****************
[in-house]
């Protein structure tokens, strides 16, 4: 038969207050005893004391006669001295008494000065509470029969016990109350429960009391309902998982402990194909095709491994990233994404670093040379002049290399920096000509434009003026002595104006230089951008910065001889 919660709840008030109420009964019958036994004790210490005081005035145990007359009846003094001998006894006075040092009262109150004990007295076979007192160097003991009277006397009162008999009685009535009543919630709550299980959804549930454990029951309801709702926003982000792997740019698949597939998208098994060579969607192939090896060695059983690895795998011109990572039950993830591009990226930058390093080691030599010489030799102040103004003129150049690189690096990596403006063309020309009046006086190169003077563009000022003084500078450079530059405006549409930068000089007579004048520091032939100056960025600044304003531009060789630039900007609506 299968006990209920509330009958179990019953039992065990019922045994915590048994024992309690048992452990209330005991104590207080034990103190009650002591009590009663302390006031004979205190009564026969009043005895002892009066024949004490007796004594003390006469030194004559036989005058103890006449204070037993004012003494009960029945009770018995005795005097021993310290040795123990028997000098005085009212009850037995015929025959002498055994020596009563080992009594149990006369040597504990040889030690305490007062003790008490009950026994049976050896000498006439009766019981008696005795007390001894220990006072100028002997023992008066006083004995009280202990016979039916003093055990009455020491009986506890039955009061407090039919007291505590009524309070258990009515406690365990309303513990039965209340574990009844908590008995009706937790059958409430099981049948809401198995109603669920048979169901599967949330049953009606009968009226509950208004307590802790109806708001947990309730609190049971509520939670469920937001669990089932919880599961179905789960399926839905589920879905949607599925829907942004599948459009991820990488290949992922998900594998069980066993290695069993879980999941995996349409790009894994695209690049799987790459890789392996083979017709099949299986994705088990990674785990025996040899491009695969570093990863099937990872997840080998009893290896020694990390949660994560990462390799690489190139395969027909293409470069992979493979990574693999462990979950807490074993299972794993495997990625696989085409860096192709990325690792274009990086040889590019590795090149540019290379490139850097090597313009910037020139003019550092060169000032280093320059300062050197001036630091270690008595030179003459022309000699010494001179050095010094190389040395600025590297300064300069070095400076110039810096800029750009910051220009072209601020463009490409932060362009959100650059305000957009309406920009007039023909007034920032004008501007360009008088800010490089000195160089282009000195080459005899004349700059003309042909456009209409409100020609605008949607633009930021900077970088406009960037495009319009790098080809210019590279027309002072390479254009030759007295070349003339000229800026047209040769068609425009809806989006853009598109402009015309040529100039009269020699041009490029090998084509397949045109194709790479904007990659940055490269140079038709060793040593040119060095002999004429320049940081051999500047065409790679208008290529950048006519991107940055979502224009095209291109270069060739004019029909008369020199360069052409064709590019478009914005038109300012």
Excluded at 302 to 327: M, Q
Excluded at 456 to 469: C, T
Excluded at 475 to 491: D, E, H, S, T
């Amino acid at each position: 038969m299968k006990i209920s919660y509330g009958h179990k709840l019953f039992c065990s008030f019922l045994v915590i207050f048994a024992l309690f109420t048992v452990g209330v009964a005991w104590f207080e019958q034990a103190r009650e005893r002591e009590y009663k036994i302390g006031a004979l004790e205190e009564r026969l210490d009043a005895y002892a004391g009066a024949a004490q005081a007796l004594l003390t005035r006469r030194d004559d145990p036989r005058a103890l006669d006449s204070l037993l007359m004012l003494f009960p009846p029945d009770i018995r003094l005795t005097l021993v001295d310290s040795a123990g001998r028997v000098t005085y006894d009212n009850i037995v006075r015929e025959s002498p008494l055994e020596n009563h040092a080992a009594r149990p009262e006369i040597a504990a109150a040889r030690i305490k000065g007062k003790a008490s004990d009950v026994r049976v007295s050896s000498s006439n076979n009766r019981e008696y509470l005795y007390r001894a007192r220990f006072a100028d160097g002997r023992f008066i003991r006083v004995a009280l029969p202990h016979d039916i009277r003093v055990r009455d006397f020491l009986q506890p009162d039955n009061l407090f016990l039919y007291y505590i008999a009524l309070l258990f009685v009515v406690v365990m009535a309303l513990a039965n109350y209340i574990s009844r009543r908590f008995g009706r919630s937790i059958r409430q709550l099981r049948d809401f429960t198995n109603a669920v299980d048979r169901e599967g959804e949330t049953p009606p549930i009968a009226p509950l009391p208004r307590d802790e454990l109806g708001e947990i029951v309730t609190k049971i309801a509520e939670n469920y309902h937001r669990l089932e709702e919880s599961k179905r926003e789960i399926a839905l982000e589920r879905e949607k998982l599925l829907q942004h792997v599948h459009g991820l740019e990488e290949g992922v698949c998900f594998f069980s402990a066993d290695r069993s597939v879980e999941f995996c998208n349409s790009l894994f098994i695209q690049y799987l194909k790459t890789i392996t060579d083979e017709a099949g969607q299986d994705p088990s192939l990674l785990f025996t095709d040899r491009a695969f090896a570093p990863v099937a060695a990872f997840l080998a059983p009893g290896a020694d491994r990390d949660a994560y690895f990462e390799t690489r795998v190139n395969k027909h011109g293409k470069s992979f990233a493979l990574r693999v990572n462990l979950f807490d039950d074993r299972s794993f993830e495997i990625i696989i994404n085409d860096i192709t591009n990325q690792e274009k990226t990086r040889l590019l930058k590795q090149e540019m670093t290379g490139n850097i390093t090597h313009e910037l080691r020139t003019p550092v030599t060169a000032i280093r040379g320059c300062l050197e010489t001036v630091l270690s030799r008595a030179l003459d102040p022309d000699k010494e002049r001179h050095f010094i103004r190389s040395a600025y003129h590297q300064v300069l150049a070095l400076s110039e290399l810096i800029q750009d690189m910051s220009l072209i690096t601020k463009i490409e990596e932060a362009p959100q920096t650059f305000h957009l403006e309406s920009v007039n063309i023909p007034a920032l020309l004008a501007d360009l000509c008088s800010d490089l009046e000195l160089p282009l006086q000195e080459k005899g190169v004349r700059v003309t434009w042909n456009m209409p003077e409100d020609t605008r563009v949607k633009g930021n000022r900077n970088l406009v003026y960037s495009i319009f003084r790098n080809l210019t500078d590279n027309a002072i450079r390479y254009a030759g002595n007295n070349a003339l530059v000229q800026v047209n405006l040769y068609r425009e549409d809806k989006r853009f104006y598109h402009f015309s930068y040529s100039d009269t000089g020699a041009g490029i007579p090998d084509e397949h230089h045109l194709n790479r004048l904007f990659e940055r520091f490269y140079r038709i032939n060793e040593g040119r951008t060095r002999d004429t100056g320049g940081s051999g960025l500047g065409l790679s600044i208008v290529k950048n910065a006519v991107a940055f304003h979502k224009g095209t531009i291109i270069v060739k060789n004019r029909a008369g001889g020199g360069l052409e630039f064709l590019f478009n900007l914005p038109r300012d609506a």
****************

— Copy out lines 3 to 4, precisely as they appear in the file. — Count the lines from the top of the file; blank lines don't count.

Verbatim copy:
Excluded at 302 to 327: M, Q
Excluded at 456 to 469: C, T